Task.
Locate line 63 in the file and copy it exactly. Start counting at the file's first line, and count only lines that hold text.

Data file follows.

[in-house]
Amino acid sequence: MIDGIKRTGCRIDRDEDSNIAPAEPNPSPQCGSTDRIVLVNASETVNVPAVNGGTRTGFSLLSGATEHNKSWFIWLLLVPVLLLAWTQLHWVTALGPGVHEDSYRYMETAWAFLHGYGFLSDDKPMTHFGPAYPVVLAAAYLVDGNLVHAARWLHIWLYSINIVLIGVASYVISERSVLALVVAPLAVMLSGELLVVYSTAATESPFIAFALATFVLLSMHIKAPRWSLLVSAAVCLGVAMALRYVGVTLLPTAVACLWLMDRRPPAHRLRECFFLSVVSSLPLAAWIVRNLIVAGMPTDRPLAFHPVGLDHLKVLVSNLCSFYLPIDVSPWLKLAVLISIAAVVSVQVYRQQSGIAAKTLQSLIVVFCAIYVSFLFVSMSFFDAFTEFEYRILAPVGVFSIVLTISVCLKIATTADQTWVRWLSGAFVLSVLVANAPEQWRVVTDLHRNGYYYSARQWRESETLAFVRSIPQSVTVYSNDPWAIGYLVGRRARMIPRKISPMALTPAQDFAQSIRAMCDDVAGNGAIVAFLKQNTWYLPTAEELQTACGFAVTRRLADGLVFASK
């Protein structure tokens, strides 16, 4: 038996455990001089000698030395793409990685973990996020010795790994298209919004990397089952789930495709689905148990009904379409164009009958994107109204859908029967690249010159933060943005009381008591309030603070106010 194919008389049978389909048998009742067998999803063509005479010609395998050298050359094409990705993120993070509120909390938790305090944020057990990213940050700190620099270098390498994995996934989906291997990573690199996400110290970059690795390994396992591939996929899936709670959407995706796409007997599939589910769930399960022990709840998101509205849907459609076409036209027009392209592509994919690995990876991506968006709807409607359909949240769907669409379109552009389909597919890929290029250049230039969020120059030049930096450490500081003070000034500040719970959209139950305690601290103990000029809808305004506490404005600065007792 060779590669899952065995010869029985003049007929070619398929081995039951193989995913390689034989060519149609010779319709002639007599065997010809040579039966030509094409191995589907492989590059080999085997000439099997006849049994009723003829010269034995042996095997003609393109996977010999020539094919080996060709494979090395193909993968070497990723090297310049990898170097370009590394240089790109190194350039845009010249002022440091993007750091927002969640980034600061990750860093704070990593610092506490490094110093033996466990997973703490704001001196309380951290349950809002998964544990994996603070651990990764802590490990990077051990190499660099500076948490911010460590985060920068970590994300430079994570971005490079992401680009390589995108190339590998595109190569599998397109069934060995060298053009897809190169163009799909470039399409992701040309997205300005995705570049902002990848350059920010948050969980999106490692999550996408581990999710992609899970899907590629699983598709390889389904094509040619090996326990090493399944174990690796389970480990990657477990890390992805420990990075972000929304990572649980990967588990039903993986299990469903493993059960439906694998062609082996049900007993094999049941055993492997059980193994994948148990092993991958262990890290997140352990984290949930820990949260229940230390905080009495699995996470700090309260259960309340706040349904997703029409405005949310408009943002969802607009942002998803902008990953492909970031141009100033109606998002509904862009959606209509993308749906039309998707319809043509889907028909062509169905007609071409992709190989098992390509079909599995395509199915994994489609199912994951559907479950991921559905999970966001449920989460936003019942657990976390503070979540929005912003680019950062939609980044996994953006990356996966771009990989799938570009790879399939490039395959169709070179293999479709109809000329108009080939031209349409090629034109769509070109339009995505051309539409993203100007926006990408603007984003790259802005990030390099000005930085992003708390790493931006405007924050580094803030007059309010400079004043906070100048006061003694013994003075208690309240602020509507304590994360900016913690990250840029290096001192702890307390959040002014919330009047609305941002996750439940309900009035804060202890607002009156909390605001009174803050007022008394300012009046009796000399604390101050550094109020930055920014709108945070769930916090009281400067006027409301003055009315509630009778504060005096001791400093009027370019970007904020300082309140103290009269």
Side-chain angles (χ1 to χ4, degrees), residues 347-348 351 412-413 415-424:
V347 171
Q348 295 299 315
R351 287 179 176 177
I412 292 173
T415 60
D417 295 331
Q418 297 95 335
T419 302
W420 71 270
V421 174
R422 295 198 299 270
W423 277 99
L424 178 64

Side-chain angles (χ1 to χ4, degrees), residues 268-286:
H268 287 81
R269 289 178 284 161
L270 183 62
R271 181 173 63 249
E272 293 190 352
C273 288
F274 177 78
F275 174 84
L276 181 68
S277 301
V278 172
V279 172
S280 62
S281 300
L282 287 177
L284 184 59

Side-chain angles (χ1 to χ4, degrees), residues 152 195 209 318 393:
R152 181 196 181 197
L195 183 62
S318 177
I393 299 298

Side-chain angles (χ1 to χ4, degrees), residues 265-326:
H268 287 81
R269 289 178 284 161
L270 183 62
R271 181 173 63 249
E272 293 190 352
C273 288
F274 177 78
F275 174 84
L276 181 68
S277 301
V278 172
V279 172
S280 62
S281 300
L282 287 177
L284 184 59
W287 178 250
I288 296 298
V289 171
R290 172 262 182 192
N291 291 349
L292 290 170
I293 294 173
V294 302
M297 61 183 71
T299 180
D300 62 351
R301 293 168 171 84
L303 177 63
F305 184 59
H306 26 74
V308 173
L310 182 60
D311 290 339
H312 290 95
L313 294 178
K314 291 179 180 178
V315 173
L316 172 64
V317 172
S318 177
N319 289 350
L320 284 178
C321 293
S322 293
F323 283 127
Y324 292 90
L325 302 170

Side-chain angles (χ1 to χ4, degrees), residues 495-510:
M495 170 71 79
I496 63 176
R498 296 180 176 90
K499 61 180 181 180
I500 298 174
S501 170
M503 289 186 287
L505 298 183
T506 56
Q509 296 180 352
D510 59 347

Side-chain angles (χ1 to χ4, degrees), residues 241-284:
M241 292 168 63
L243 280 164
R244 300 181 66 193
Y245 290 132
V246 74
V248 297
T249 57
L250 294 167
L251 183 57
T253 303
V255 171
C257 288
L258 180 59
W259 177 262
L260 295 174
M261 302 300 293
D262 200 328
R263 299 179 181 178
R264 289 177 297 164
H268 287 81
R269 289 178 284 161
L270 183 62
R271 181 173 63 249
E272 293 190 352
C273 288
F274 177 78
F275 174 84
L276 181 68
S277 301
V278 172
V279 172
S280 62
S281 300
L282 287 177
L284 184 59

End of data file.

I293 294 173